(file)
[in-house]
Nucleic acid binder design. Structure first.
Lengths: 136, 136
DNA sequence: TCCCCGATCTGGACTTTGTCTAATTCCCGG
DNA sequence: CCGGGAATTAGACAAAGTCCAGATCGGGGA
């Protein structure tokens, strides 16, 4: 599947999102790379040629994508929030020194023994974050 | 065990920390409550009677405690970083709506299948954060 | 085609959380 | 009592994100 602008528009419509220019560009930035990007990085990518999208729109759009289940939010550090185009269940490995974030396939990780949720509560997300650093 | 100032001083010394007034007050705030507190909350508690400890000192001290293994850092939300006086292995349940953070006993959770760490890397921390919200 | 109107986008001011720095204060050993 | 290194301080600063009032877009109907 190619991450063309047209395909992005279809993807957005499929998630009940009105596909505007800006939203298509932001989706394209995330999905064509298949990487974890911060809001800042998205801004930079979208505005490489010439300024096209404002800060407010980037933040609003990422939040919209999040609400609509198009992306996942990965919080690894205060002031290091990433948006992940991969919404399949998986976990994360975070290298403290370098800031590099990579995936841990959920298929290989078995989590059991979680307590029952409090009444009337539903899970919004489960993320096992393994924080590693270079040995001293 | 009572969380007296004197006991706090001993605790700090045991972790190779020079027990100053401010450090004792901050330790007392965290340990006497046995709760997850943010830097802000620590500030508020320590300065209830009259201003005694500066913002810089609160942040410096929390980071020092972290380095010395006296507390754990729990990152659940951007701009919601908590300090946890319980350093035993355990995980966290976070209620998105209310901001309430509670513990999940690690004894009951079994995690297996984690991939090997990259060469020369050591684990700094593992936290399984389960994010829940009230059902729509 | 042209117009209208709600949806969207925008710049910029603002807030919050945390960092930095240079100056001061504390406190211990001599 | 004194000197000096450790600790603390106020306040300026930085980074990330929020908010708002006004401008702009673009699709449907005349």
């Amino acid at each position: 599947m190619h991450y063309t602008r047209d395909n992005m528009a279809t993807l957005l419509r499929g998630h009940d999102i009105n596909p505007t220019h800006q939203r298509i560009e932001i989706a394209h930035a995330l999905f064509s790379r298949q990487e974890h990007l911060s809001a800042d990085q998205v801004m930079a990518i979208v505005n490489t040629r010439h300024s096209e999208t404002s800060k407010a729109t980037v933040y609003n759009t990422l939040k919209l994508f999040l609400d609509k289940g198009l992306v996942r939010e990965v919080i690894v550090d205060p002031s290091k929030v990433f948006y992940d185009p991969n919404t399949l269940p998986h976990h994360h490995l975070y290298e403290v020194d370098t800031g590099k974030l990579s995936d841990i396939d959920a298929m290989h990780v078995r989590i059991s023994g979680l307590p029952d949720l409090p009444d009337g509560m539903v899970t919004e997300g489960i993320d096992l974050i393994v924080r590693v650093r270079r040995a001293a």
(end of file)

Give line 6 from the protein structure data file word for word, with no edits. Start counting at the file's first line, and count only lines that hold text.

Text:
């Protein structure tokens, strides 16, 4: 599947999102790379040629994508929030020194023994974050 | 065990920390409550009677405690970083709506299948954060 | 085609959380 | 009592994100 602008528009419509220019560009930035990007990085990518999208729109759009289940939010550090185009269940490995974030396939990780949720509560997300650093 | 100032001083010394007034007050705030507190909350508690400890000192001290293994850092939300006086292995349940953070006993959770760490890397921390919200 | 109107986008001011720095204060050993 | 290194301080600063009032877009109907 190619991450063309047209395909992005279809993807957005499929998630009940009105596909505007800006939203298509932001989706394209995330999905064509298949990487974890911060809001800042998205801004930079979208505005490489010439300024096209404002800060407010980037933040609003990422939040919209999040609400609509198009992306996942990965919080690894205060002031290091990433948006992940991969919404399949998986976990994360975070290298403290370098800031590099990579995936841990959920298929290989078995989590059991979680307590029952409090009444009337539903899970919004489960993320096992393994924080590693270079040995001293 | 009572969380007296004197006991706090001993605790700090045991972790190779020079027990100053401010450090004792901050330790007392965290340990006497046995709760997850943010830097802000620590500030508020320590300065209830009259201003005694500066913002810089609160942040410096929390980071020092972290380095010395006296507390754990729990990152659940951007701009919601908590300090946890319980350093035993355990995980966290976070209620998105209310901001309430509670513990999940690690004894009951079994995690297996984690991939090997990259060469020369050591684990700094593992936290399984389960994010829940009230059902729509 | 042209117009209208709600949806969207925008710049910029603002807030919050945390960092930095240079100056001061504390406190211990001599 | 004194000197000096450790600790603390106020306040300026930085980074990330929020908010708002006004401008702009673009699709449907005349």